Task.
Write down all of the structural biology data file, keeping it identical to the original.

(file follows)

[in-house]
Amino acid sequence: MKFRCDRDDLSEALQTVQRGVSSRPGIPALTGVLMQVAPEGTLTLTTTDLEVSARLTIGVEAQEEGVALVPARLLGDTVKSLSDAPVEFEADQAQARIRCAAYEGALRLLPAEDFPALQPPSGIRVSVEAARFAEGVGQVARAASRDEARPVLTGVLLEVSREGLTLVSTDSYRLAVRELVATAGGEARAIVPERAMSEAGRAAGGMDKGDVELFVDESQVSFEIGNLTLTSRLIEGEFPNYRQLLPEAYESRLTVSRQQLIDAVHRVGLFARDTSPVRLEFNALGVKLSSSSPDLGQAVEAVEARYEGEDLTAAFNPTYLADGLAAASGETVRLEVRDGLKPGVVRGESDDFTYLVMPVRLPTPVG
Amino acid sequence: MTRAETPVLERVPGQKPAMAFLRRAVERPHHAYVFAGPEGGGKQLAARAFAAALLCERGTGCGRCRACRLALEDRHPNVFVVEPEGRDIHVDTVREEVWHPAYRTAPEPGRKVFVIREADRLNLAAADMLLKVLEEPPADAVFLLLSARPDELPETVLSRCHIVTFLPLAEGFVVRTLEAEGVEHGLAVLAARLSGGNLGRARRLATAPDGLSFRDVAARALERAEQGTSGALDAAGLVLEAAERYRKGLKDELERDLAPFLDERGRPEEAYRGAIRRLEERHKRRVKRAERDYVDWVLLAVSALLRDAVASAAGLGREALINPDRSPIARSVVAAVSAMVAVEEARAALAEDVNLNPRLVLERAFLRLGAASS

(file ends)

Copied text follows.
[in-house]
Amino acid sequence: MKFRCDRDDLSEALQTVQRGVSSRPGIPALTGVLMQVAPEGTLTLTTTDLEVSARLTIGVEAQEEGVALVPARLLGDTVKSLSDAPVEFEADQAQARIRCAAYEGALRLLPAEDFPALQPPSGIRVSVEAARFAEGVGQVARAASRDEARPVLTGVLLEVSREGLTLVSTDSYRLAVRELVATAGGEARAIVPERAMSEAGRAAGGMDKGDVELFVDESQVSFEIGNLTLTSRLIEGEFPNYRQLLPEAYESRLTVSRQQLIDAVHRVGLFARDTSPVRLEFNALGVKLSSSSPDLGQAVEAVEARYEGEDLTAAFNPTYLADGLAAASGETVRLEVRDGLKPGVVRGESDDFTYLVMPVRLPTPVG
Amino acid sequence: MTRAETPVLERVPGQKPAMAFLRRAVERPHHAYVFAGPEGGGKQLAARAFAAALLCERGTGCGRCRACRLALEDRHPNVFVVEPEGRDIHVDTVREEVWHPAYRTAPEPGRKVFVIREADRLNLAAADMLLKVLEEPPADAVFLLLSARPDELPETVLSRCHIVTFLPLAEGFVVRTLEAEGVEHGLAVLAARLSGGNLGRARRLATAPDGLSFRDVAARALERAEQGTSGALDAAGLVLEAAERYRKGLKDELERDLAPFLDERGRPEEAYRGAIRRLEERHKRRVKRAERDYVDWVLLAVSALLRDAVASAAGLGREALINPDRSPIARSVVAAVSAMVAVEEARAALAEDVNLNPRLVLERAFLRLGAASS